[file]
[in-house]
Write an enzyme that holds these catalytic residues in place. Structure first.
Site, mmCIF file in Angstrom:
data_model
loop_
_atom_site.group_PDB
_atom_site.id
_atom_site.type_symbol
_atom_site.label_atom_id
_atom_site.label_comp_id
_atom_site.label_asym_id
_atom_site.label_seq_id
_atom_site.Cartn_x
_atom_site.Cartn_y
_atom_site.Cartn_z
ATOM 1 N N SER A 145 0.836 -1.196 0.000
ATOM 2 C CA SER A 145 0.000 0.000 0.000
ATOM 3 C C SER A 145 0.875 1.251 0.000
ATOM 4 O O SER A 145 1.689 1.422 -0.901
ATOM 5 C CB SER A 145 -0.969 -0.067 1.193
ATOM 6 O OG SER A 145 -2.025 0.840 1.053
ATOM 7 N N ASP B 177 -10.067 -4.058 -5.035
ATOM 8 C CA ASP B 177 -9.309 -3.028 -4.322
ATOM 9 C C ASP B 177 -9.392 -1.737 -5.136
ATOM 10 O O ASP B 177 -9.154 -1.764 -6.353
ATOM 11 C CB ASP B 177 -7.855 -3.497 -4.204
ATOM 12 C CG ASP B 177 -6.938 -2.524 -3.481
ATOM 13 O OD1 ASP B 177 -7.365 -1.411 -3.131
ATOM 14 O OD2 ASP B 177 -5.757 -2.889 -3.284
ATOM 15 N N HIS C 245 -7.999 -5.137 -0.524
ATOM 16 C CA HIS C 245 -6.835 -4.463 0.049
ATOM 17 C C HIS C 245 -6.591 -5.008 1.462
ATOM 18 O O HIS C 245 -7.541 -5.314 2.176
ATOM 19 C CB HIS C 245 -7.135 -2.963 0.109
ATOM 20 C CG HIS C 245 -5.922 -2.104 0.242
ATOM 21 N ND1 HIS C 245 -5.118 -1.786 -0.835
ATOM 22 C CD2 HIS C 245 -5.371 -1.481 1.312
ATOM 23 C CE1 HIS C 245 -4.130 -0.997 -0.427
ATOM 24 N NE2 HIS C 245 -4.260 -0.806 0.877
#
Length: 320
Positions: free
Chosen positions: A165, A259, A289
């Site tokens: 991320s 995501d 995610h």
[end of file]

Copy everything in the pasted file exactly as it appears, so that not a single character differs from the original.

[in-house]
Write an enzyme that holds these catalytic residues in place. Structure first.
Site, mmCIF file in Angstrom:
data_model
loop_
_atom_site.group_PDB
_atom_site.id
_atom_site.type_symbol
_atom_site.label_atom_id
_atom_site.label_comp_id
_atom_site.label_asym_id
_atom_site.label_seq_id
_atom_site.Cartn_x
_atom_site.Cartn_y
_atom_site.Cartn_z
ATOM 1 N N SER A 145 0.836 -1.196 0.000
ATOM 2 C CA SER A 145 0.000 0.000 0.000
ATOM 3 C C SER A 145 0.875 1.251 0.000
ATOM 4 O O SER A 145 1.689 1.422 -0.901
ATOM 5 C CB SER A 145 -0.969 -0.067 1.193
ATOM 6 O OG SER A 145 -2.025 0.840 1.053
ATOM 7 N N ASP B 177 -10.067 -4.058 -5.035
ATOM 8 C CA ASP B 177 -9.309 -3.028 -4.322
ATOM 9 C C ASP B 177 -9.392 -1.737 -5.136
ATOM 10 O O ASP B 177 -9.154 -1.764 -6.353
ATOM 11 C CB ASP B 177 -7.855 -3.497 -4.204
ATOM 12 C CG ASP B 177 -6.938 -2.524 -3.481
ATOM 13 O OD1 ASP B 177 -7.365 -1.411 -3.131
ATOM 14 O OD2 ASP B 177 -5.757 -2.889 -3.284
ATOM 15 N N HIS C 245 -7.999 -5.137 -0.524
ATOM 16 C CA HIS C 245 -6.835 -4.463 0.049
ATOM 17 C C HIS C 245 -6.591 -5.008 1.462
ATOM 18 O O HIS C 245 -7.541 -5.314 2.176
ATOM 19 C CB HIS C 245 -7.135 -2.963 0.109
ATOM 20 C CG HIS C 245 -5.922 -2.104 0.242
ATOM 21 N ND1 HIS C 245 -5.118 -1.786 -0.835
ATOM 22 C CD2 HIS C 245 -5.371 -1.481 1.312
ATOM 23 C CE1 HIS C 245 -4.130 -0.997 -0.427
ATOM 24 N NE2 HIS C 245 -4.260 -0.806 0.877
#
Length: 320
Positions: free
Chosen positions: A165, A259, A289
């Site tokens: 991320s 995501d 995610h």